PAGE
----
Now to transportation and logistics costs. When you produce shoes, paint, cell phones or nail clippers, you have to ship them to your distributors. A mistake that many businesses do when they try to sell online rather than to distributors, which is, apart from the huge difference in sales volume between selling online and signing contracts with distributors, is that they forget how expensive it is to transport their product from the factory to the distributor. They also forget how expensive it is to keep production stored in a warehouse until distributors buy the product. It's expensive! But many companies only realize that after they sign the contract with the distributor where they start searching for logistics and transportation companies who charge egregious fees, allegedly because gas prices and land prices are very high, and because truck, ship or plane prices have gone up significantly.

Now to the maintenance and service costs. To keep your company up and running you need to pay electricity, water, gas bills, phone bills, internet bills, consultancy and legal fees and other service fees as in machine repair fees or having instructors teach you how to use the machine. That's a lot of fees that many businesses don't always plan for. One mistake is the kind of optimism where they think they can fix it all or learn it all by themselves, another mistake being to think that the machines will never break or that they will never get sued or subpoenad. Unfortunately they always break at some point.

Now to marketing and research and development costs. These have become a buzz word in the 21st century. The French like to remind me that best selling artists Mylène Farmer and Francis Cabrel never do interviews or promote their music, yet have been near the top of sales charts for years. The idea is if you have a good product the marketing will work for itself. One mistake I see, especially with the younger generation, is focusing more on social media and other forms of marketing than on the important aspects of business I just described above. CEOs who spend fortunes on hair cuts and suits when most distributors have been around long enough to know that you don't judge a book by its cover, you judge the book by its content and readability. As for research and development, it's always good to have someone examine distributor and customer feedback and try to come up with better shoes, paint, cell phones or nail clippers. Something a lot of companies overlook.

Now finally to wages. There are two types of employees: permanent employees and consultants. Permanent employees usually work full time and are availble during working hours. Consultants come when and where help is needed and then go. Many companies work exclusively with full-time employees which can be a mistake because getting help from outsiders can be useful and while relying on internal employees is a good thing, sometimes getting a perspective from outside the company is even better. Others work exclusively with consultants which can have harmful effects because your distributors and production line will lack consistency, plus you will waste a lot of time and money training and adjusting consultants to your work mode. The idea is to divide work between category one and category two type of labor. Category one is the type of labor that is vital to the company, say production or sales, perhaps marketing and R&D, but then the size of the company and the production has to be taken into account. Category 2 type of work is work that needs to be done occasionally such as maintenance or services.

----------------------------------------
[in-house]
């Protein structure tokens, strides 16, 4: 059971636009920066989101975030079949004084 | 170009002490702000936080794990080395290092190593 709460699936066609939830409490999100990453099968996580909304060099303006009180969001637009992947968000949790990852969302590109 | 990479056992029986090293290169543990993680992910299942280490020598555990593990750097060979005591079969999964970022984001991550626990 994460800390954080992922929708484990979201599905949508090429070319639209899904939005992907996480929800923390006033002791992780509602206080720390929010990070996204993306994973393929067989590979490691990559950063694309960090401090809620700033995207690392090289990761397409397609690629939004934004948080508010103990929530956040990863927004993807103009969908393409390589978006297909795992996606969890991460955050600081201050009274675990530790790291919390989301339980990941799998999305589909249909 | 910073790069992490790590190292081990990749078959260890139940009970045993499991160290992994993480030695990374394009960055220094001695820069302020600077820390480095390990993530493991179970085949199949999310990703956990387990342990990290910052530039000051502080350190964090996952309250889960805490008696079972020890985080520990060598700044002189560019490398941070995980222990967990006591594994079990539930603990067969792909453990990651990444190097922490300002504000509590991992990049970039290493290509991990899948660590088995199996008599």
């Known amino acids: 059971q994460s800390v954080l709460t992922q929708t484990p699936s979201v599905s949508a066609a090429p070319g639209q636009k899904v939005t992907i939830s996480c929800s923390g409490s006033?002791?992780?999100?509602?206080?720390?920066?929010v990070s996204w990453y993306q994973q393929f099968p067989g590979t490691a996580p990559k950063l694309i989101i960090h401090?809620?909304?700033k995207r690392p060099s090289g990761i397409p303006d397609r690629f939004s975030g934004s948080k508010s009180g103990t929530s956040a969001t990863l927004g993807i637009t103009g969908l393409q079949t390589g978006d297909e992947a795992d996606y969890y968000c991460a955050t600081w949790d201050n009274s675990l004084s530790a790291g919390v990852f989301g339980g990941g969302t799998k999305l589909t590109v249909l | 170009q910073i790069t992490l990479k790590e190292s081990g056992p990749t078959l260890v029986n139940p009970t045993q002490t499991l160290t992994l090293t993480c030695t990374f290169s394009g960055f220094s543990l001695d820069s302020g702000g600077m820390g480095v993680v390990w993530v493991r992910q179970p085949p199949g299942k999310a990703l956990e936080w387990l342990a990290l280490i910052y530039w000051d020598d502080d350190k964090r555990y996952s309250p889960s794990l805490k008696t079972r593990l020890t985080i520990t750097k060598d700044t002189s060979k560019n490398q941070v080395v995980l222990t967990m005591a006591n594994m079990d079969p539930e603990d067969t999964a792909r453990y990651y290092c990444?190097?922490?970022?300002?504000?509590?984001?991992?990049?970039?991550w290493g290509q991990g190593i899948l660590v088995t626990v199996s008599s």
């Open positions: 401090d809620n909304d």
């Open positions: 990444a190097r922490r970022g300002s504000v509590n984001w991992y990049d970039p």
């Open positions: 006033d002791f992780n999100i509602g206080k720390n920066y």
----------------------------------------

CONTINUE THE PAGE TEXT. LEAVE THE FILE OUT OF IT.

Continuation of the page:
Production costs, housing costs, transportation and logistics costs, marketing costs, research and development costs, maintenance costs, service costs and wages have gone significantly up in recent years, meaning that those who saved in the 90s probably could not start a business today. Plus the media has been selling dreams meaning a lot of younger entrepreneurs want to start big rather than start small. It's true that there are a lot of untapped areas in modern business, say cyber security and data recovery being an area that is rather untapped, but a lot of the start-ups fail not only because they misunderstand the nature of the product and its revenue sources, but also because they misunderstand the logistics surrounding sales. Like in French cinema where a lot of movies flop because the Producer is also the Director and main Actor telling the story of his life, a lot of start-ups fail because they aim to control production as well as transportation and distribution. That's crazy! But I've seen a lot of companies buy their trucks and ships and land for their stores, with borrowed money of course, when trying to compete with established brands, sometimes for products that are not even in demand.


     
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Emanuel Paparella2017-11-03 14:33:38
Eight and a Half is the story of the director of the movie (Fellini) who is also the protagonist of the movie. Creativity and imagination can trump scientific determinism (pseudo or real) can trump scientific determinism but to do that one needs to see the world as a circus of sorts with oneself as a clown playing in it. Alternate reality in today's insane technocratic positivistic universe? One wonders.